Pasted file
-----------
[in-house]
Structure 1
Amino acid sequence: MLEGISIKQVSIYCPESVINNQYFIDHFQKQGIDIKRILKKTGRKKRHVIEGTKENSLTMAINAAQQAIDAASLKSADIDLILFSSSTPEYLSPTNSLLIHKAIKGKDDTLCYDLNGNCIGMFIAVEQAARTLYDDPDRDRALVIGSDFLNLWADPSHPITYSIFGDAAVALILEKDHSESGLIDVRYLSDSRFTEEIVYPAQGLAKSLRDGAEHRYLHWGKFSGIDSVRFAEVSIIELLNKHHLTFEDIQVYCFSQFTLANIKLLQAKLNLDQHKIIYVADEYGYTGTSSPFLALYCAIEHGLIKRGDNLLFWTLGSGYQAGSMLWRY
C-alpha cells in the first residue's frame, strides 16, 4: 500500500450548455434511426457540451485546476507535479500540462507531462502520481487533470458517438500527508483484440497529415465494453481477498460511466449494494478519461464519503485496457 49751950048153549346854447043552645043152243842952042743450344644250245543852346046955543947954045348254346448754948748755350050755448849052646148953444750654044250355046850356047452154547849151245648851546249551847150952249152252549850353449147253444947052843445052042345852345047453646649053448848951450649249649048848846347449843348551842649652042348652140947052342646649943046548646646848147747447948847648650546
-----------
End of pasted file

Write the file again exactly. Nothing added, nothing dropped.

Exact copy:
[in-house]
Structure 1
Amino acid sequence: MLEGISIKQVSIYCPESVINNQYFIDHFQKQGIDIKRILKKTGRKKRHVIEGTKENSLTMAINAAQQAIDAASLKSADIDLILFSSSTPEYLSPTNSLLIHKAIKGKDDTLCYDLNGNCIGMFIAVEQAARTLYDDPDRDRALVIGSDFLNLWADPSHPITYSIFGDAAVALILEKDHSESGLIDVRYLSDSRFTEEIVYPAQGLAKSLRDGAEHRYLHWGKFSGIDSVRFAEVSIIELLNKHHLTFEDIQVYCFSQFTLANIKLLQAKLNLDQHKIIYVADEYGYTGTSSPFLALYCAIEHGLIKRGDNLLFWTLGSGYQAGSMLWRY
C-alpha cells in the first residue's frame, strides 16, 4: 500500500450548455434511426457540451485546476507535479500540462507531462502520481487533470458517438500527508483484440497529415465494453481477498460511466449494494478519461464519503485496457 49751950048153549346854447043552645043152243842952042743450344644250245543852346046955543947954045348254346448754948748755350050755448849052646148953444750654044250355046850356047452154547849151245648851546249551847150952249152252549850353449147253444947052843445052042345852345047453646649053448848951450649249649048848846347449843348551842649652042348652140947052342646649943046548646646848147747447948847648650546